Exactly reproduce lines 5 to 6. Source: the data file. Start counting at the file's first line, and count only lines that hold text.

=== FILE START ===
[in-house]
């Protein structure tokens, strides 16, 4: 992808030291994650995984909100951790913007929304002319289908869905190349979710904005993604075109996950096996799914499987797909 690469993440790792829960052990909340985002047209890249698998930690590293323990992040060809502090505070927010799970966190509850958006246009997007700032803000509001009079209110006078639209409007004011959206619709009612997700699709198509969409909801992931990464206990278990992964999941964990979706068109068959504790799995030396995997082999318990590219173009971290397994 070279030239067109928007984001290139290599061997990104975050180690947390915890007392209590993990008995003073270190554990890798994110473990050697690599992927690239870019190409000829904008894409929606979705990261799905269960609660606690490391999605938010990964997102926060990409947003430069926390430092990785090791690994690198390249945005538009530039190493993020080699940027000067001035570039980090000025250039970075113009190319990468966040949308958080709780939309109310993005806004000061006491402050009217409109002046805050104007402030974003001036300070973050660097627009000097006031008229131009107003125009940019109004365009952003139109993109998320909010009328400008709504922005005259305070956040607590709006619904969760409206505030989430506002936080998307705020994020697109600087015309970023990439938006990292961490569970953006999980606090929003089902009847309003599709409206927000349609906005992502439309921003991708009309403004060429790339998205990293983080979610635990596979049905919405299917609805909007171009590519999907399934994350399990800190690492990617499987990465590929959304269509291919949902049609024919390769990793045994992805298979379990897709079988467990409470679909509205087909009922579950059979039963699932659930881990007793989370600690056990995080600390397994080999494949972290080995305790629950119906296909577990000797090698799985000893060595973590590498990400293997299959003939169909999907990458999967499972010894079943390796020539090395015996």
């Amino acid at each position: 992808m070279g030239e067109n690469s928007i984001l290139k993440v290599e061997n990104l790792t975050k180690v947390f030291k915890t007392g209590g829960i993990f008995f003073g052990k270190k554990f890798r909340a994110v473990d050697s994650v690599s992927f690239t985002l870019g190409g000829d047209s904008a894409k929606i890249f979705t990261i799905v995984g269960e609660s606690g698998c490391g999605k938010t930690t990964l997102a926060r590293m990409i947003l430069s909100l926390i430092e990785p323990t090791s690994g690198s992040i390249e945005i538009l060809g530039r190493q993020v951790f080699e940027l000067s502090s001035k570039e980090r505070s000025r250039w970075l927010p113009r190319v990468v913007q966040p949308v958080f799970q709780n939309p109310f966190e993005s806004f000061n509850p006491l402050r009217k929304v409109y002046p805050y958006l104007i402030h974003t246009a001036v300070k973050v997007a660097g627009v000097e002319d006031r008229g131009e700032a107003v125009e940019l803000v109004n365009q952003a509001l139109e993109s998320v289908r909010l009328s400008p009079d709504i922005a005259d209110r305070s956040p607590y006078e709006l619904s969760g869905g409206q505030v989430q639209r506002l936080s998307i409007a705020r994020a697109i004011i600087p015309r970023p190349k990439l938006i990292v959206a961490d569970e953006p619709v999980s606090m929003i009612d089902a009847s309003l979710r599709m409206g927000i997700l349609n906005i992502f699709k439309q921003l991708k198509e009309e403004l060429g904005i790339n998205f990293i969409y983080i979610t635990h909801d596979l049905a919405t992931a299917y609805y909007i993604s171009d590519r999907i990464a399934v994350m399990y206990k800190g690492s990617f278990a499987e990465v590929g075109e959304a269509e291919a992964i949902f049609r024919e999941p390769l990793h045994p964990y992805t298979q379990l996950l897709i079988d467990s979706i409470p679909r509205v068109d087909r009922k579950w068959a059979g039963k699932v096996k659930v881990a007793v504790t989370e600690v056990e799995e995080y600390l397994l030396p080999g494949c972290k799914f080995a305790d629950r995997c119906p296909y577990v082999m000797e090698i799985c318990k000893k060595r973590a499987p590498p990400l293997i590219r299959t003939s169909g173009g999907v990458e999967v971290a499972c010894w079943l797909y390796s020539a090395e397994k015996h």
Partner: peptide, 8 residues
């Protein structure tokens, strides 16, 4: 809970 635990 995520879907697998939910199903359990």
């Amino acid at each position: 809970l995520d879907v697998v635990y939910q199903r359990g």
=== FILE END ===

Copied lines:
């Protein structure tokens, strides 16, 4: 809970 635990 995520879907697998939910199903359990």
């Amino acid at each position: 809970l995520d879907v697998v635990y939910q199903r359990g």